donderdag 12 februari 2015

(ISC)2's "Vulnerability Central" - what it is and what it isn't

[disclaimer: until December 31st I was a member of the (ISC)2 Board of Directors. My posts here are my personal opinion and not necessarily shared by any of the current Directors or the organization]

[disclaimer 2: I've personally written cve-search, a tool that enables you to do much of the same. Most of the recent development has been done by Alexandre Dulaunoy. You can find cve-search here: The goal of cve-search was to enable local lookup rather than using the internet. Alexandre has done an amazing job in adding features and functionality. I'm still amazed how open sourcing my crude script made it into such an awesome tool.]

(ISC)2 has recently launched "Vulnerability Central", a service for members at no additional cost that provides a feed of vulnerabilities and other information that they could use to stay up to date on recent vulnerabilities, threat reports, etc. etc. The service is offered through a company called Cytenna about which I unfortunately have not found much information apart from the fact that they exist and the following statement on their website:
"Cytenna was originally conceived in the research laboratories of InferLink Corporation. We are constantly innovating to provide our clients with better ways to connect the dots in an ever-rising sea of information."

Today I browsed through the functionality offered through the (ISC)2 portal and here is what I found:

  • The initial information feed (mostly composed of CVEs but it also contains data from other sources) is well laid-out. When clicking on an item, the information displayed is very much summarized. You'll have to click on the external links to get more information. That seems a bit weird because most of the information is public so it would make sense to incorporate it in the Vulnerability Central UI.
  • Filtering, it does it. One of the most important features of a this type of tool is customization. This can be done by editing your profile. You can basically tell the tool to filter only the information that you want to see based on keywords and keyphrases. This is good. I'd appreciate some more granularity or even different profiles (I could be a consultant working with/for different clients). One thing that hit me on the main page is that I can filter by "Show starred". It took me a while to understand what that meant and how I could "star" an item. Unfortunately I have to first open an item and then star it. I can not star items on the main page. This partially breaks the usefulness of the star feature. What is positive is that I can easily switch between filter modes (all, profile, starred). This would become even more powerful with the support of multiple profiles or filters.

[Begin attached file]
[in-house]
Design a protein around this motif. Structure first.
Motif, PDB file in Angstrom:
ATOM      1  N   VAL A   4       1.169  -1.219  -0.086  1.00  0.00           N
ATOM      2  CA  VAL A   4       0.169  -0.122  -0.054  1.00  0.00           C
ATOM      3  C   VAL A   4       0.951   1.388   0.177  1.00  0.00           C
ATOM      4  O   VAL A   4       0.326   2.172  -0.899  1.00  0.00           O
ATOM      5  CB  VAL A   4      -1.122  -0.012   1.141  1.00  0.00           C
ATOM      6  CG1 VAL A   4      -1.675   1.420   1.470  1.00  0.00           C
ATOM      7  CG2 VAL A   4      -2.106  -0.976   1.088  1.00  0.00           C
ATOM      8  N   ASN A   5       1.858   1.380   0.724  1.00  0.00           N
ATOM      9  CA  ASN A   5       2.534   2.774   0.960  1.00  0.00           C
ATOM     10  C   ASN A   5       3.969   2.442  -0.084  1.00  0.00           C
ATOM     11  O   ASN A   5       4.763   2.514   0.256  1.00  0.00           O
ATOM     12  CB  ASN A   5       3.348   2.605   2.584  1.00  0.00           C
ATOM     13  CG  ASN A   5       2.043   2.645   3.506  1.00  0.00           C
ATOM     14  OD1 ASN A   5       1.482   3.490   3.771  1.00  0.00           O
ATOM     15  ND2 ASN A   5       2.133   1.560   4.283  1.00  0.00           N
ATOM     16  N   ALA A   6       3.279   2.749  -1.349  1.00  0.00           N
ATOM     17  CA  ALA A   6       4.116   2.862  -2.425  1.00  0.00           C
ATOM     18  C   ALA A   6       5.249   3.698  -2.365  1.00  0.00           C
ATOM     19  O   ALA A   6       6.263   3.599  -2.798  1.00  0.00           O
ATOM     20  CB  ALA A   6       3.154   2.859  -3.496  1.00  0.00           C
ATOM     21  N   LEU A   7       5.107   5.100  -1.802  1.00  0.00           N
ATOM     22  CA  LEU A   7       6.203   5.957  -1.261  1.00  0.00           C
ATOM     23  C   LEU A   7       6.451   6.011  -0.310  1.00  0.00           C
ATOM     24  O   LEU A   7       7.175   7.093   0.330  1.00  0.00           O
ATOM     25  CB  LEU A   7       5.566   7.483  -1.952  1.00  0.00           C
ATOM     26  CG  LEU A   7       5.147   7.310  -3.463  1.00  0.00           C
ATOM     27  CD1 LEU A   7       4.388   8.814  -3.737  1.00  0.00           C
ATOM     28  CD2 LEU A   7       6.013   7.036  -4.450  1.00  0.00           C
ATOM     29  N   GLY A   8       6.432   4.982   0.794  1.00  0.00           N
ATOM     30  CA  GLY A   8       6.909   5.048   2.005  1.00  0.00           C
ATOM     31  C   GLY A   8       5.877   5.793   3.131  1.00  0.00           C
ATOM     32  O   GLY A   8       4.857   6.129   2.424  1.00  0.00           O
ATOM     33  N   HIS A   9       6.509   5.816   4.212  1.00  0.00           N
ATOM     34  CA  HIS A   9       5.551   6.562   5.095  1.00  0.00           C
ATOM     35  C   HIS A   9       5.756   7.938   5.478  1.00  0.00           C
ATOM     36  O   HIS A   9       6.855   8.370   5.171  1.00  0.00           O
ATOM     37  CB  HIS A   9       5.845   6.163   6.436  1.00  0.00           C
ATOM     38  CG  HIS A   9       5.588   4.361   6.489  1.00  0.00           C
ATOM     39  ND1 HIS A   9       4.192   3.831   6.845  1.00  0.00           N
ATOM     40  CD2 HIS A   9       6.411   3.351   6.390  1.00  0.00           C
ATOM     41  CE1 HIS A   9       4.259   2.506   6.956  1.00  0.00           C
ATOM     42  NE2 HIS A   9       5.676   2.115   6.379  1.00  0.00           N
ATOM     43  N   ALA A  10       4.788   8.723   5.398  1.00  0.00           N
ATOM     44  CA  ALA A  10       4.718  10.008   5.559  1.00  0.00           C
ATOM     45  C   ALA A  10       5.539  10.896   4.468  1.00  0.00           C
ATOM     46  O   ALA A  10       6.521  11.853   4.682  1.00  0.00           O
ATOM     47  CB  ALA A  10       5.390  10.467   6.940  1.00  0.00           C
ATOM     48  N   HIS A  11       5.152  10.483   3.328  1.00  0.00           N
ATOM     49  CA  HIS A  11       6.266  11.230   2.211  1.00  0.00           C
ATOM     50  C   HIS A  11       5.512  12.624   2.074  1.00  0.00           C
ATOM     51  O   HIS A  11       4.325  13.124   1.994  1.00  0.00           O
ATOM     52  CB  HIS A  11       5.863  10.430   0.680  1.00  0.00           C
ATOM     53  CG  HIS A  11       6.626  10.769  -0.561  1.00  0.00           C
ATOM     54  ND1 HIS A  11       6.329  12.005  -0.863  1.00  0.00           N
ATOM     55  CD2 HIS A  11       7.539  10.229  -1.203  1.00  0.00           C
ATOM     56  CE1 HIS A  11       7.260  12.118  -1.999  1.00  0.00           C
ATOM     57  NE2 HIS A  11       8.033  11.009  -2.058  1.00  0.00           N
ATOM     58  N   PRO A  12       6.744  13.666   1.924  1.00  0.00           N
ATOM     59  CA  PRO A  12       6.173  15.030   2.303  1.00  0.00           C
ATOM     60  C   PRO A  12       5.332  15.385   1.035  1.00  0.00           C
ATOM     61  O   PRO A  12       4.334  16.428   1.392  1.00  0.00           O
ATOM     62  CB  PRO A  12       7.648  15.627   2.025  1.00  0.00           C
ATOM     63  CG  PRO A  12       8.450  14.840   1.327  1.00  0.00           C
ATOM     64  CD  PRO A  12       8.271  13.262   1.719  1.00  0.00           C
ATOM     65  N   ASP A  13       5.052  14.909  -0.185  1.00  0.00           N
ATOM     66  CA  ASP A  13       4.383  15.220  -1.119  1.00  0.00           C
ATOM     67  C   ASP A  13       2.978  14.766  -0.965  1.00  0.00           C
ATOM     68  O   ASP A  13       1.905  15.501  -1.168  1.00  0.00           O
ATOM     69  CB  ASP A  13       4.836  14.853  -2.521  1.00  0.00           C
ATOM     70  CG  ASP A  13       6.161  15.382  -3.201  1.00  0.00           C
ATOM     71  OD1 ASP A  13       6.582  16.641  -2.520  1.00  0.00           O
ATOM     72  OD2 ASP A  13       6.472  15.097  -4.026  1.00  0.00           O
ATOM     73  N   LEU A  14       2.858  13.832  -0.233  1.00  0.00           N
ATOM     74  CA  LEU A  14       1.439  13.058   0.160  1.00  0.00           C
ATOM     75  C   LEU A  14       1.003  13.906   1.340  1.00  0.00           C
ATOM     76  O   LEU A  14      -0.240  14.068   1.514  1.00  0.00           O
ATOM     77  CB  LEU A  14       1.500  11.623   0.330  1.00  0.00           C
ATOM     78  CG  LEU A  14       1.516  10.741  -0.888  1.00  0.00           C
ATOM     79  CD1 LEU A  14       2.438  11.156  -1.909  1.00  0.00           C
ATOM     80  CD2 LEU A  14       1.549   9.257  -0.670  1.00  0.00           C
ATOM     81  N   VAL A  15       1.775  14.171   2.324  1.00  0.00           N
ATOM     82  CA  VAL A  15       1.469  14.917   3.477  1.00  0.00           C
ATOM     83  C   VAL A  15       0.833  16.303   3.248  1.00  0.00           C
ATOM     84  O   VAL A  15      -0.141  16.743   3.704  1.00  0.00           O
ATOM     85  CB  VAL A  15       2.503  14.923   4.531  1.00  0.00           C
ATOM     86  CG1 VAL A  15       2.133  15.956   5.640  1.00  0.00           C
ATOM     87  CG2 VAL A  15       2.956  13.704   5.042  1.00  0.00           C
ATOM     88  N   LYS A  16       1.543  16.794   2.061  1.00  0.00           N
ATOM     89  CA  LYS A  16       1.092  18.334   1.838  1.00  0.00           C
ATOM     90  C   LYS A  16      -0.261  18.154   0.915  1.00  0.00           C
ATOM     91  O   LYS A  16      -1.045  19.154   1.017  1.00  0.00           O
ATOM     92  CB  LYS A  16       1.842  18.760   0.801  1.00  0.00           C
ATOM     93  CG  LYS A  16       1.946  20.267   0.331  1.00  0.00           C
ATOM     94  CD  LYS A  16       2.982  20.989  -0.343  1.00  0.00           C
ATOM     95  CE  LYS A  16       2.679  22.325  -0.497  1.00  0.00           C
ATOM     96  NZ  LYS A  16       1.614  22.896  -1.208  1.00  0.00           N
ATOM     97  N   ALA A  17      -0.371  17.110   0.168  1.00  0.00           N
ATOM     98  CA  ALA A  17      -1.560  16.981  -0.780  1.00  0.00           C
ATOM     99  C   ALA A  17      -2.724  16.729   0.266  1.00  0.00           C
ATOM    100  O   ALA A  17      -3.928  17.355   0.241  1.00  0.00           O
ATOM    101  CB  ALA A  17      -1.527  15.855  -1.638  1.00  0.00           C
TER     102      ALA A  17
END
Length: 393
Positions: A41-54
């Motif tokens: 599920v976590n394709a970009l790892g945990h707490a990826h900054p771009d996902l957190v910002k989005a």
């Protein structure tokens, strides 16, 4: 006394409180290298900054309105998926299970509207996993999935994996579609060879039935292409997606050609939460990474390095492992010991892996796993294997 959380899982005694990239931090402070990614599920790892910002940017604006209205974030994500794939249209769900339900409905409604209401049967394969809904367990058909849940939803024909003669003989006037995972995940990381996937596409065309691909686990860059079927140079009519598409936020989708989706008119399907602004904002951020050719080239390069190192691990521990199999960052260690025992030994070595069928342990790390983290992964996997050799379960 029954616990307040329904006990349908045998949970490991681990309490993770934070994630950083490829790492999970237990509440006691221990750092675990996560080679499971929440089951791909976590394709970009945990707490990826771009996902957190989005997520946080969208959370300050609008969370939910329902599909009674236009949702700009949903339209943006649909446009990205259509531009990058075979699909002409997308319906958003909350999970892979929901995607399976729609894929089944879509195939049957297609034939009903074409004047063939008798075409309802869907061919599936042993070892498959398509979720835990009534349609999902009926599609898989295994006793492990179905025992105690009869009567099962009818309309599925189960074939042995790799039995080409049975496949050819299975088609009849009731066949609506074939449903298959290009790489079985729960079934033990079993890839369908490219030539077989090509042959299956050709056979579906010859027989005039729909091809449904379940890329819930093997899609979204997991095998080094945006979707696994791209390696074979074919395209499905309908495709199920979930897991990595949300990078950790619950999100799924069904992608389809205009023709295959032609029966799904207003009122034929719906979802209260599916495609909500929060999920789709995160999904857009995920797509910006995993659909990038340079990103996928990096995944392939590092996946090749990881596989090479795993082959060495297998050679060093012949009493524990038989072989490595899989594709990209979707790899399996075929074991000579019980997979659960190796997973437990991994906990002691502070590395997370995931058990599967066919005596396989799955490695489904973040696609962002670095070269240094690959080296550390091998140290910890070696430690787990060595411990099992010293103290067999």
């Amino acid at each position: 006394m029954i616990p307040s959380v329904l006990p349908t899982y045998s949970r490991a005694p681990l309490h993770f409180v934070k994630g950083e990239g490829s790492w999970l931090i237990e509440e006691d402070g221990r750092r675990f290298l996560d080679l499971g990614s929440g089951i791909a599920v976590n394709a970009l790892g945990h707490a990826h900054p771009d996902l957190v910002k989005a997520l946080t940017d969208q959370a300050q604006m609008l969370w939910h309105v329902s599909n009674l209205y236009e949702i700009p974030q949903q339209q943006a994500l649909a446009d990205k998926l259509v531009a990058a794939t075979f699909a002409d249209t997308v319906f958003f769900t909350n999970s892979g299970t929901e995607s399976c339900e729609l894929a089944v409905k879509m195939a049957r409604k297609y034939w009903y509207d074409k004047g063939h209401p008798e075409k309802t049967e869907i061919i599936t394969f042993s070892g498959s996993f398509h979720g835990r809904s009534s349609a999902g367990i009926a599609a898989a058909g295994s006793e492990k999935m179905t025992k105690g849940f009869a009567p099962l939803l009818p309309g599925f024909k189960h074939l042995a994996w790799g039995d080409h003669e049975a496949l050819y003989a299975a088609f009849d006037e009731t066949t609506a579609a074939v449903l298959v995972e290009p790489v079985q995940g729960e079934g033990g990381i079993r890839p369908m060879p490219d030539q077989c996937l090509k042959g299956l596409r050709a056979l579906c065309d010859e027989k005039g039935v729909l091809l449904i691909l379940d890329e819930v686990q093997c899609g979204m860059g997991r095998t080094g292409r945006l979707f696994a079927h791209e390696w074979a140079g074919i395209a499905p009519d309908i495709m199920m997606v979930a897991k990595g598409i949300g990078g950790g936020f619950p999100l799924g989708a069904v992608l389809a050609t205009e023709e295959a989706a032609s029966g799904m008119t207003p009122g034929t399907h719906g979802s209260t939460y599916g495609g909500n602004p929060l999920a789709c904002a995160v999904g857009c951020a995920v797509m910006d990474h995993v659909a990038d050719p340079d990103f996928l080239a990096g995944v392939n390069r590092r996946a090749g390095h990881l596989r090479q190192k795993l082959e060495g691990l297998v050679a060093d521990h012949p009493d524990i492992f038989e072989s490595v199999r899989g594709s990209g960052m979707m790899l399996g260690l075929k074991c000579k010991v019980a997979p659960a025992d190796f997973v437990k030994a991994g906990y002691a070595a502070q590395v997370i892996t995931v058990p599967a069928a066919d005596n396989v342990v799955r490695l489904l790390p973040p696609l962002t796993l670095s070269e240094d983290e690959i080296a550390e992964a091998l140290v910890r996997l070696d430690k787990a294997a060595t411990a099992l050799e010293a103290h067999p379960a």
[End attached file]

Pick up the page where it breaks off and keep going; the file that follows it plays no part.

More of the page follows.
• I have to log in with my (ISC)2 credentials. This is understandable because it is a member benefit but at the same time it limits the usability of the tool. If I want to use it, I'm restricted to the website and in a time of APIs and mobile applications that greatly limits how I can consume information. Support for API keys would be a definite plus here.
  • Vulnerability Central doesn't only provide vulnerability information, it also has a "News" and "Reports" section. Unfortunately those are hidden at the bottom of the page. They should have prominence at the top of the page. The "News" section provides links to security-relevant articles and the "Reports" section centralizes links to vendor and independent reports.
  • The information seems to be fairly up to date. I have not done extensive analysis of the accuracy but given that it is mostly based on public information, I think there should be no problem there.
  • There currently is no ability to export data sets. This should be #1 on the feature road map without any debate. If I am only able to consume the information on the website, its value drops to 0 immediately. Need.That.Yesterday!
Now I am sure that the usefulness of this new member benefit depends on how well you have built out your own information feed over the past years. It is by no means a panacea for your security information needs and in its current version it is by no means perfect.

Apart from my own tool, I am a big fan of and OSVDB. Both offer similar functionality based on different data sets.

However, this tool is now available to 100,000 members across the globe. If you are a member, you should explore it, use it and provide (ISC)2 with your feedback. What is good and what is not? What feature are you missing and how can it be more useful to YOU? If they listen, Vulnerability Central has the potential of turning into a must-have tool in the chest of (ISC)2 members and even change how you work today.

The beauty of being part of a membership organization is that you directly benefit from the contributions of fellow members. The downside (or should I say opportunity?) is that your fellow members count on you to do the same.

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